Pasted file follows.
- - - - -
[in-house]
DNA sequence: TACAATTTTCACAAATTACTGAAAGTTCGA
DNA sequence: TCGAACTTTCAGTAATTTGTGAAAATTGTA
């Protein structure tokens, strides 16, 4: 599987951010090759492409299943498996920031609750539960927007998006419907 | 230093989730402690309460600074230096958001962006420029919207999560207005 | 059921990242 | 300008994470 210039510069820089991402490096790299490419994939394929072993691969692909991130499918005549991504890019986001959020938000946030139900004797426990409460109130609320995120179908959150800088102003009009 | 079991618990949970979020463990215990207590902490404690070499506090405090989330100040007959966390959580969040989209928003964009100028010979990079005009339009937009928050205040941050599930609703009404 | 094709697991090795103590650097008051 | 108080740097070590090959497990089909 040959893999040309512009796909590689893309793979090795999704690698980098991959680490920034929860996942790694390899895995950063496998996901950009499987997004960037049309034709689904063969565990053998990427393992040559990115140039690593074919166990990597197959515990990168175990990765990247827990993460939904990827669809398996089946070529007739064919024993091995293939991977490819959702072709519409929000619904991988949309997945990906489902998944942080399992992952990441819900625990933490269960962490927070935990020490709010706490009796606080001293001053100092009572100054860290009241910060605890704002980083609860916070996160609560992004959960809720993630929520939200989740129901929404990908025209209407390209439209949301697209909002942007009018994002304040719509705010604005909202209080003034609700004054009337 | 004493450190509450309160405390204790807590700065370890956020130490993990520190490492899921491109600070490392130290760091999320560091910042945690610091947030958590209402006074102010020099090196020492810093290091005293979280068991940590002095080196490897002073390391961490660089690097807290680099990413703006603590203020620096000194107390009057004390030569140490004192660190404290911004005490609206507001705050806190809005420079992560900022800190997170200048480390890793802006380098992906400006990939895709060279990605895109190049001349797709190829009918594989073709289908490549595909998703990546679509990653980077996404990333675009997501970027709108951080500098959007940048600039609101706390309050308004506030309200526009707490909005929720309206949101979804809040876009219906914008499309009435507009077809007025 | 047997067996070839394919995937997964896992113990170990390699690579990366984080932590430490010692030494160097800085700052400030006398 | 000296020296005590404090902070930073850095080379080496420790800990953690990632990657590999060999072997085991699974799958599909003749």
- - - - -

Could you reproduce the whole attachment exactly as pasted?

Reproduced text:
[in-house]
DNA sequence: TACAATTTTCACAAATTACTGAAAGTTCGA
DNA sequence: TCGAACTTTCAGTAATTTGTGAAAATTGTA
């Protein structure tokens, strides 16, 4: 599987951010090759492409299943498996920031609750539960927007998006419907 | 230093989730402690309460600074230096958001962006420029919207999560207005 | 059921990242 | 300008994470 210039510069820089991402490096790299490419994939394929072993691969692909991130499918005549991504890019986001959020938000946030139900004797426990409460109130609320995120179908959150800088102003009009 | 079991618990949970979020463990215990207590902490404690070499506090405090989330100040007959966390959580969040989209928003964009100028010979990079005009339009937009928050205040941050599930609703009404 | 094709697991090795103590650097008051 | 108080740097070590090959497990089909 040959893999040309512009796909590689893309793979090795999704690698980098991959680490920034929860996942790694390899895995950063496998996901950009499987997004960037049309034709689904063969565990053998990427393992040559990115140039690593074919166990990597197959515990990168175990990765990247827990993460939904990827669809398996089946070529007739064919024993091995293939991977490819959702072709519409929000619904991988949309997945990906489902998944942080399992992952990441819900625990933490269960962490927070935990020490709010706490009796606080001293001053100092009572100054860290009241910060605890704002980083609860916070996160609560992004959960809720993630929520939200989740129901929404990908025209209407390209439209949301697209909002942007009018994002304040719509705010604005909202209080003034609700004054009337 | 004493450190509450309160405390204790807590700065370890956020130490993990520190490492899921491109600070490392130290760091999320560091910042945690610091947030958590209402006074102010020099090196020492810093290091005293979280068991940590002095080196490897002073390391961490660089690097807290680099990413703006603590203020620096000194107390009057004390030569140490004192660190404290911004005490609206507001705050806190809005420079992560900022800190997170200048480390890793802006380098992906400006990939895709060279990605895109190049001349797709190829009918594989073709289908490549595909998703990546679509990653980077996404990333675009997501970027709108951080500098959007940048600039609101706390309050308004506030309200526009707490909005929720309206949101979804809040876009219906914008499309009435507009077809007025 | 047997067996070839394919995937997964896992113990170990390699690579990366984080932590430490010692030494160097800085700052400030006398 | 000296020296005590404090902070930073850095080379080496420790800990953690990632990657590999060999072997085991699974799958599909003749």